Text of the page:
A good percentage of our population reacts angrily to any proposed change in Social Security, despite the clear fact that the system cannot sustain itself for another generation without change.
We live in a different nation than the one that existed in 1935, when the Social Security Administration was born. We should be debating which changes are necessary, not if change is needed at all.
One part of Social Security in dire need of change is disability insurance. There are now nearly 20 million Americans receiving monthly disability or Supplemental Security Income payments. The number of recipients has been doubling every 15 years. Claims for benefits have increased by 25 percent since 2007, according to an article by the Associated Press in Tuesday’s newspaper, pushing the fund that supports the disability program to the brink of insolvency. Last year, 3.2 million people applied for Social Security Disability or Supplemental Security Income.
So many people have applied for disability benefits that 816,000 are awaiting hearings, and Social Security acknowledges a backlog of 1.3 million overdue follow-up reviews to make sure people still qualify for benefits.
Why the surge in the number of applicants? The AP article didn’t go into that, but there are a couple of reasons.
The increase in applications started in 1984, when Congress revised the definition of disability, broadening it to include such afflictions as depression and back pain. Under the broader definition, more people applied, and many were denied benefits. Lawyers swept in to appeal the denials, many of which have been reversed because of a hearing process that doesn’t make much sense. The appeals judges are Social Security employees charged with hearing the cases objectively. But unlike civil suits, only the applicant who has been denied benefits and his attorney are present; there’s no one on the other side to argue why benefits should be denied.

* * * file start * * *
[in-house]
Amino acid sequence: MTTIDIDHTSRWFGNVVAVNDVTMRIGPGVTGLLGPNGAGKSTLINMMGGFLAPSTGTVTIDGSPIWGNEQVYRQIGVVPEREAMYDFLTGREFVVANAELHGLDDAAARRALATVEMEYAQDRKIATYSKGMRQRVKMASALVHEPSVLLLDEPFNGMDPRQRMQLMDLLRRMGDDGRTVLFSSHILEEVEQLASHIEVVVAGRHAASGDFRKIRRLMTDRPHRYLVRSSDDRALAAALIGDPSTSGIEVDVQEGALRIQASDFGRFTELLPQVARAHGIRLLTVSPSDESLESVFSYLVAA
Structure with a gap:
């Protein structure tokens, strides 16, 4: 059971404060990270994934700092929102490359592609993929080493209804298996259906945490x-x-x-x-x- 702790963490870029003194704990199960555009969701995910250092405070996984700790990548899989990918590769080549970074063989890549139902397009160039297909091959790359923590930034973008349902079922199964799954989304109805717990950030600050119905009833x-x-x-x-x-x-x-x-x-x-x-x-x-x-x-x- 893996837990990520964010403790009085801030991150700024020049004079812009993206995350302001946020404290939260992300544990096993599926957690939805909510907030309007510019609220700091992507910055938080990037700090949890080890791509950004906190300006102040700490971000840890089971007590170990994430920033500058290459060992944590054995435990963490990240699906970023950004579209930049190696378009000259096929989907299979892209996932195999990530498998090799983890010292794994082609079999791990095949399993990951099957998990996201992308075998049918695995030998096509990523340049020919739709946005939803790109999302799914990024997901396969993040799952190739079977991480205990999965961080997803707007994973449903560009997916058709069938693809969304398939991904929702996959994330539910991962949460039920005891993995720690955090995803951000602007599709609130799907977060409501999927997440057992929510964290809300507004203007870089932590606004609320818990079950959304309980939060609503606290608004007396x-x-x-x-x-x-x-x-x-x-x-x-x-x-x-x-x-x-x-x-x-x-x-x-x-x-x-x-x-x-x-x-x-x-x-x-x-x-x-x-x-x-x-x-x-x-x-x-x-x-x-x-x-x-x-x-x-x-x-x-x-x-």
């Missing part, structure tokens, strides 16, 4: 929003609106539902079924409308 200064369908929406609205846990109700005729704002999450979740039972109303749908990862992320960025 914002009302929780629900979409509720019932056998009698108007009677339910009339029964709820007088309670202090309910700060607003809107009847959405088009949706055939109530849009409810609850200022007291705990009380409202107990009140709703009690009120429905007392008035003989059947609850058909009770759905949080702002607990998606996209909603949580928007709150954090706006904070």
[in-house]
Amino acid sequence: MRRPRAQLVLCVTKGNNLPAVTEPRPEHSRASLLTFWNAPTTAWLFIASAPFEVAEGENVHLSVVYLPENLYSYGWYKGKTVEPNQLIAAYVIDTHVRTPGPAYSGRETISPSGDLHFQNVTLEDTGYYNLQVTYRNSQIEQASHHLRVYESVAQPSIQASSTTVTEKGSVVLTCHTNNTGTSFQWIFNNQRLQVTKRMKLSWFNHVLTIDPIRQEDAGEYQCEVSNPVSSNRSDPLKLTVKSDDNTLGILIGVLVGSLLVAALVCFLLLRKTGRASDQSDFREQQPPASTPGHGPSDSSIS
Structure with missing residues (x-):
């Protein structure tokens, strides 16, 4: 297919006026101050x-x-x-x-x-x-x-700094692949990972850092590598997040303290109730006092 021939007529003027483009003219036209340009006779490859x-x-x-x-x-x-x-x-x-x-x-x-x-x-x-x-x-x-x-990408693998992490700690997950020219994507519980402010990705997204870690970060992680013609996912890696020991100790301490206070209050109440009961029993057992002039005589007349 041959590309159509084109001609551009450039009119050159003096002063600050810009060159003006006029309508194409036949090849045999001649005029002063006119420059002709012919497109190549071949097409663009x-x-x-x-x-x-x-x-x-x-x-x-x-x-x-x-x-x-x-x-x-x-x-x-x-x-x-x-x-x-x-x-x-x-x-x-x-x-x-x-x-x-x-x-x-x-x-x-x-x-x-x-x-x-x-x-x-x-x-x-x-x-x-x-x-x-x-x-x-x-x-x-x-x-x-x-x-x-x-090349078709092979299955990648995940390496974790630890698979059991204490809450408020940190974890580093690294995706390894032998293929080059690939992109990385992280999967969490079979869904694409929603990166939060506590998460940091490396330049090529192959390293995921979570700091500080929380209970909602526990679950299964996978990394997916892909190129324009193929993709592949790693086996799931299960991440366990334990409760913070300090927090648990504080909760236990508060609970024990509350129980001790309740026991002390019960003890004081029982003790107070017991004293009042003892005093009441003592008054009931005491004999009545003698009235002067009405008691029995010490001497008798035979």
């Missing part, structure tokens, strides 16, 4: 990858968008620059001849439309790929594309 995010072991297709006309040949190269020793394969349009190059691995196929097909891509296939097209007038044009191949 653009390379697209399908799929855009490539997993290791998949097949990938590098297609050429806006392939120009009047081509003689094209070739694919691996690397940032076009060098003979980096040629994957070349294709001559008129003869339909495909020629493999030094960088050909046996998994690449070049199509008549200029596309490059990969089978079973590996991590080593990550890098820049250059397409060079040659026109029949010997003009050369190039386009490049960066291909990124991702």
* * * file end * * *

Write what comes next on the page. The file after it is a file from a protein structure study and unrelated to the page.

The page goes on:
Meanwhile, Congress has denied funds needed to pay for follow-up reviews, so many people who are no longer disabled continue to receive benefits.
But much of the huge increase in the number of applicants since 2007 is a result of actions by the states, some of which have worked vigorously to move people off welfare rolls and onto disability. Welfare is generally a state-funded program, whereas disability is federal. National Public Radio reported in March that some states have set up call centers to track down welfare recipients who have medical conditions that might qualify for disability insurance, and then have shepherded those people through the application process.
The result is that disability payments are going to many people whose conditions do not really prevent them from working, while at the same time people who are truly disabled and unable to work are mired in the backlog, sometimes for years.
Congress created this mess, and it must be Congress that fixes it. The House oversight subcommittee on entitlements began hearings on the disability program last week. The hearings will focus on the role of administrative law judges in awarding benefits.
We hope not just our lawmakers recognize the need for change in the system, but all of their constituents, as well.